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July 4th. After a drunken stress out, David is inspired by his father who talks about getting a cold. That morning; David presents his idea to fight back against the aliens using a computer virus, and reveals that such a virus can bring down the alien shields. The only way of doing this though is flying the old ship into the Mother ship, something that Hiller steps up to do.  The President and his men manage to communicate with all the remaining fighter squadrons around the world, and plan to organise a counter offensive. With pilots low however, pilots have to be recruited from among survivors and refugees, to which end Russell steps up. As night falls, Hiller and David fly into Space and are pulled into the Mother Ship, spotting the large number of aliens inside it. Managing to hide themselves from the aliens, David implants the virus, which in turn brings down the Alien shields, allowing all weapons to penetrate. Flying at the front of the Squadron, The President joins in with the attack, piloting a fighter. They are able to do some damage to the ship, but are then attacked by the smaller alien fighters. With very little damage done to the big ship, it begins to circle over Area 51, planning to fire its primary weapon. With little ammo left, Russell flies in with the only remaining unfired missile, ready to disable the weapon. When the missile jams however, he decided to fly straight into the alien weapon, blowing it up instantly. The ship now destroyed internally, it begins to disintegrate. Inside the Mothership, Hiller and David launch a Nuclear Weapon strapped to the ship, and escape just as an invasion fleet is being launched. Successfully escaping, the Mother ship blows up from inside. The two men crash-land in the desert, as the disintegrated mothership streams into the atmosphere.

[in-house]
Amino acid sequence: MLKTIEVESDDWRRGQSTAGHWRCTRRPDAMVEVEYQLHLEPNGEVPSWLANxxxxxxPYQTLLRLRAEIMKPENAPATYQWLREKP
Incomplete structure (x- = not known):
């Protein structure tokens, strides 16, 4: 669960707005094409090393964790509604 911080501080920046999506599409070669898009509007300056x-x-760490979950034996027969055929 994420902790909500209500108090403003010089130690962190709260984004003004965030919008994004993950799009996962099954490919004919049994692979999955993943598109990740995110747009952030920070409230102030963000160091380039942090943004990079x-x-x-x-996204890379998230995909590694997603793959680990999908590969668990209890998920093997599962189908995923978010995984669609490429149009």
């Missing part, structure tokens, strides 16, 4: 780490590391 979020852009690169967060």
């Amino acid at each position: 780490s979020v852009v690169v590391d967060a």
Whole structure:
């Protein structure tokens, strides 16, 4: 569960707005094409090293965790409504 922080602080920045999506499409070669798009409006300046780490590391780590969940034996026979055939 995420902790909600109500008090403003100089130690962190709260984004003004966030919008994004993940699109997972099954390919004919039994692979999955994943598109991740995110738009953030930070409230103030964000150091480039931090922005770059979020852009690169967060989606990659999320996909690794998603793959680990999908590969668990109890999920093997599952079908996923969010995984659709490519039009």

If I were to ask someone you to sum up Independence Day in one word, I highly doubt that the word you would reply with would be Tame (not unless you are doing it just for a laugh). It is not a tame film, in reality I can’t find a single word for Independence Day, but I can think of several. It’s Surprising, Hard Hitting, Enormous, Unstoppable, Redeeming, I could go on, but I will finish this bit with the word Fantastic. It’s a big film and does things in a big way, but why shouldn’t it, why should it conform or do things done before when that is not the point of this film. Not in its conception, not in its delivery, nothing about this film is small in any way, but it was designed to be as such. The idea originated with Emmerich’s fascination as to why Aliens fly through space for thousands of Light Years only to arrive at Earth and stay hidden. This knowledge sprouted the idea for a Large Scale Alien Attack, and as much became the case in future films from Emmerich, Nothing is kept down to a small-scale. It’s go big or go home; and everything in this film is big; Big scenes, big action, big surprises, big battles, big alien spaceships and an even bigger mothership. Independence Day delivers all of these things at an incredibly high standard that surpasses its own challengers and competitors. It’s a film with character, but also on that it is a film with a lot of characters.